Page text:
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Idan Raichel and his band of multi-cultural musicians hit Chicago


Growing up in Kfar Saba, Israel, Idan Raichel was attracted to music at a young age. After serving in the Israeli army, he worked as a counselor at a boarding school for immigrants and troubled youth. The school was home to many young Ethiopian Jews who introduced Raichel to Ethiopian folk and pop music. He began frequenting Ethiopian bars in Tel Aviv and soon set out to celebrate his appreciation for different cultures through his music.

Raichel gathered about 70 of his friends from Israel’s music scene to participate in his recordings and make a demo album. While the demo was considered “too ethnic” by some Israeli labels, the group was soon signed and went on to form The Idan Raichel Project—a collaboration between artists whose ages, native languages, ethnicities and level of musical participation varied widely. Raichel is the keyboardist, composer, producer and occasional vocalist of the Project, whose main participants include musicians of Ethiopian, Palestinian, Yemenite, South African and Surinamese descent.

The Idan Raichel Project’s first album went triple platinum in Israel in 2002, and their sophomore release in 2005 went double platinum. The group has performed widely throughout the United States, Israel, Spain, Germany, India and Australia.

The Idan Raichel Project is coming to Chicago in celebration of Israel Solidarity Day, Sunday, May 4, at McCormick Place. Oy!Chicago caught up with Raichel before the big show.

Oy!: How did your musical career begin?
Idan Raichel: I’ve been doing music since I was young. I started out playing the accordion and then I served in the Israeli army as a musician for three years. I performed almost every day for Israeli soldiers. That became a huge experience—doing live shows and playing for a lot of people.

You’ve widely said that you have “no roots.” What do you mean by that and how do you think that has influenced your music?
I was born in Israel and I’m a native Israeli. But in Israel, even after 60 years, you cannot define its food or its culture as one thing because it is all mixed. I have a grandfather from Russia, and if I followed classic Eastern European culture, I would be eating borscht. But I have no roots, and once you don’t have roots, you can feel free to explore many cultures with the curiosity of an outsider. I can take a native Ethiopian sound and mix it with electronic music influenced by Euro pop because no one is labeling me by my background.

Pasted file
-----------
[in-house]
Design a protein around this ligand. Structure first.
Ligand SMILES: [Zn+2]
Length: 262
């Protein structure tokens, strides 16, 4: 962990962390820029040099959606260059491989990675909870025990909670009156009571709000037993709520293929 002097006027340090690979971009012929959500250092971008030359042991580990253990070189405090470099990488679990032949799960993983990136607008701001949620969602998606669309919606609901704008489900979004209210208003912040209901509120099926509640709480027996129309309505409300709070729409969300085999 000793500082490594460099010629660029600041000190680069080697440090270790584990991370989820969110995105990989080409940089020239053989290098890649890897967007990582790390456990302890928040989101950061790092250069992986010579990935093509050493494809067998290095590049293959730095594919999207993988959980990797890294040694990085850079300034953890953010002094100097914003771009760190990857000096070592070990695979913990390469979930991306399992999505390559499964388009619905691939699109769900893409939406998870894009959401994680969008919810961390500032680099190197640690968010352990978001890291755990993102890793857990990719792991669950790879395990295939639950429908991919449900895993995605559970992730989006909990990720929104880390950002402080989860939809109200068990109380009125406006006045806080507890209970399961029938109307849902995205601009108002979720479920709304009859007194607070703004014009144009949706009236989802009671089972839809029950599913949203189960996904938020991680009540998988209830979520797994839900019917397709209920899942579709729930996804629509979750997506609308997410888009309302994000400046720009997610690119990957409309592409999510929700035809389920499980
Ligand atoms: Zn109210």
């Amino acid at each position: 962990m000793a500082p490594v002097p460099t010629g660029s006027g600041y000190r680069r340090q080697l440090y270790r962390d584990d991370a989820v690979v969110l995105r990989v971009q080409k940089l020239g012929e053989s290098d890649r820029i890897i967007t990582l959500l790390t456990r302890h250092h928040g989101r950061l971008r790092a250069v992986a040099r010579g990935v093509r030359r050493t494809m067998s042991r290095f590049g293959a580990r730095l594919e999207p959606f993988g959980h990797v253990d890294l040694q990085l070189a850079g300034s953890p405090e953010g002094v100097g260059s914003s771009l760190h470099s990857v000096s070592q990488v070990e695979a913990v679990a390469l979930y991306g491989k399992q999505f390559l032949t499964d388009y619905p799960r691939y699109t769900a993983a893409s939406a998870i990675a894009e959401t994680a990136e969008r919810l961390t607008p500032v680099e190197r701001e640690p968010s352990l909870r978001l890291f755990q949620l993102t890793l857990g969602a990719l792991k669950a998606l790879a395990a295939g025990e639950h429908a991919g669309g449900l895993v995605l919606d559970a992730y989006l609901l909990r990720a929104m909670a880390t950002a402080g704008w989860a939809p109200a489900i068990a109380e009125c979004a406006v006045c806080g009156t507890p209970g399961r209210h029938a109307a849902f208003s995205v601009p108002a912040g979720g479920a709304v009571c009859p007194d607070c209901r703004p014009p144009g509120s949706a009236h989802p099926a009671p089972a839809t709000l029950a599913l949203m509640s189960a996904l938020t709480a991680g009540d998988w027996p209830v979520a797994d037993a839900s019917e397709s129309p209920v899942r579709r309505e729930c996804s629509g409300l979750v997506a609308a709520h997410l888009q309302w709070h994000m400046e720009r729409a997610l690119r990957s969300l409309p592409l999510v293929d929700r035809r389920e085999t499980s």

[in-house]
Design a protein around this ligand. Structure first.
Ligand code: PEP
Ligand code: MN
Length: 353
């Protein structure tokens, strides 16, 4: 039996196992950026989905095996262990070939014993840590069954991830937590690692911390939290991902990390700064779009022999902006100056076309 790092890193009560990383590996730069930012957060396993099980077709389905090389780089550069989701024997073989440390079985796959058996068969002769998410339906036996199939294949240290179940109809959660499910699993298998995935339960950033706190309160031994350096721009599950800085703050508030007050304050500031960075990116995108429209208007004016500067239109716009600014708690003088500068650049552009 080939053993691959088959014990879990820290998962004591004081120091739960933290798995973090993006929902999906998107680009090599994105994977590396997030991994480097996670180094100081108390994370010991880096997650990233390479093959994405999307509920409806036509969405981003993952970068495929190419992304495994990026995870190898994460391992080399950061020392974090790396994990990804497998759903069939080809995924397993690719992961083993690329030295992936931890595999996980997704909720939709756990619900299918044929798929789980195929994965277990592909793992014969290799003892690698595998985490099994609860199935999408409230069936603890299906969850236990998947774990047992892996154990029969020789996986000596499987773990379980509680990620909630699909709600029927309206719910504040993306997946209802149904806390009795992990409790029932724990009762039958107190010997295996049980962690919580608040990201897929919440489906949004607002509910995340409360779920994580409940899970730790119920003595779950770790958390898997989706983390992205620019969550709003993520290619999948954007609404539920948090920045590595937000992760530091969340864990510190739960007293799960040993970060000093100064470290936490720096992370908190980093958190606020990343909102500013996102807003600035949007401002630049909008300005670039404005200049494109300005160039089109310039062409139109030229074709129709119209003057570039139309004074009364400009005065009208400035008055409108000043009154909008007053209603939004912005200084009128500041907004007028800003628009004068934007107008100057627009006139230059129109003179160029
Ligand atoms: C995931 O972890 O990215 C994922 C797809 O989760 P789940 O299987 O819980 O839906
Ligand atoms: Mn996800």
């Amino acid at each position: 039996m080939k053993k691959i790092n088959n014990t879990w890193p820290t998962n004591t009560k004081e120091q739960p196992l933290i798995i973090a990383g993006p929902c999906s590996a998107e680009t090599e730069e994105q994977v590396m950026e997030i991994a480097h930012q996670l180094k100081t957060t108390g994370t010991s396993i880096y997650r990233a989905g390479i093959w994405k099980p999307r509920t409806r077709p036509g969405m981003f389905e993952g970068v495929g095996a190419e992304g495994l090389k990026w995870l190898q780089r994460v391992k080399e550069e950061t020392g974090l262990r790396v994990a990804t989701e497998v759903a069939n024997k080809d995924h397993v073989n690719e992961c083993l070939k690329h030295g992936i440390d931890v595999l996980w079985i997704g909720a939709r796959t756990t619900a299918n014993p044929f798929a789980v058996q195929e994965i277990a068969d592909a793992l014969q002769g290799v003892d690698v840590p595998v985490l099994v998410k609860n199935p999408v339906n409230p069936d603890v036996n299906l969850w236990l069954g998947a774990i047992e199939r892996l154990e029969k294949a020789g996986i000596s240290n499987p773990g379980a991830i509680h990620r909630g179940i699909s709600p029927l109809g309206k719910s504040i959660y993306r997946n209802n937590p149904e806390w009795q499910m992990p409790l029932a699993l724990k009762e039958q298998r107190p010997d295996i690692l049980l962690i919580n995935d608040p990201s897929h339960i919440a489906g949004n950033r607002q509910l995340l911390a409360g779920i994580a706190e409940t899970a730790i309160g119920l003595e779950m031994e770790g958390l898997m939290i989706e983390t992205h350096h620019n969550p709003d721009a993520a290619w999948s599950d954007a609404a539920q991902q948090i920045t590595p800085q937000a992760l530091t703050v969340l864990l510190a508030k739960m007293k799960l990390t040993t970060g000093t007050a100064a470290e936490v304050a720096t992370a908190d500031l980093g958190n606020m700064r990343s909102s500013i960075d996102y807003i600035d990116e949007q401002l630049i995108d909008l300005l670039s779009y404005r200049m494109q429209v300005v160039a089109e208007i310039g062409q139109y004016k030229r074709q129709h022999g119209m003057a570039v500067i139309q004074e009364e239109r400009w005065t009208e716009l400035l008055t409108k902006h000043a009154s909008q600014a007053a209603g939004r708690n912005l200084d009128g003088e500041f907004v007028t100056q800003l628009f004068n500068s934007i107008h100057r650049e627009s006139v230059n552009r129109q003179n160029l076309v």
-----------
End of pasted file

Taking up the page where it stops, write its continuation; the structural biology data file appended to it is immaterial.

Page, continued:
Most of your songs are in Hebrew, Amharic and Arabic. How is your music is received in parts of the world unfamiliar with those languages?
People outside of Israel define our music as world music. To us, it’s Israeli. But people, when they are coming to see us, they’re not expecting us to sing in English or for us to translate our songs. We sing them as they are. They are interested in listening to this music as it is.

To what can you attribute the diverse sound of the Project?
When you look at the Project, it’s about all these people mixed together. Most of them—about 90%—are Israeli by definition, but they immigrated from Ethiopia and South America and all over. The youngest is 16 and the eldest is 83. They know that they can give their own input. There can be someone who is with the Project for years but never sings, and then there is a song they feel they can give their own input into. Sometimes we have people who used to sing their own prayers—very traditional prayers—that they passed along and were so open-minded to have them mixed in with mainstream music. I think it’s beautiful to think about Israel in 2008 with those prayers updated and made contemporary.

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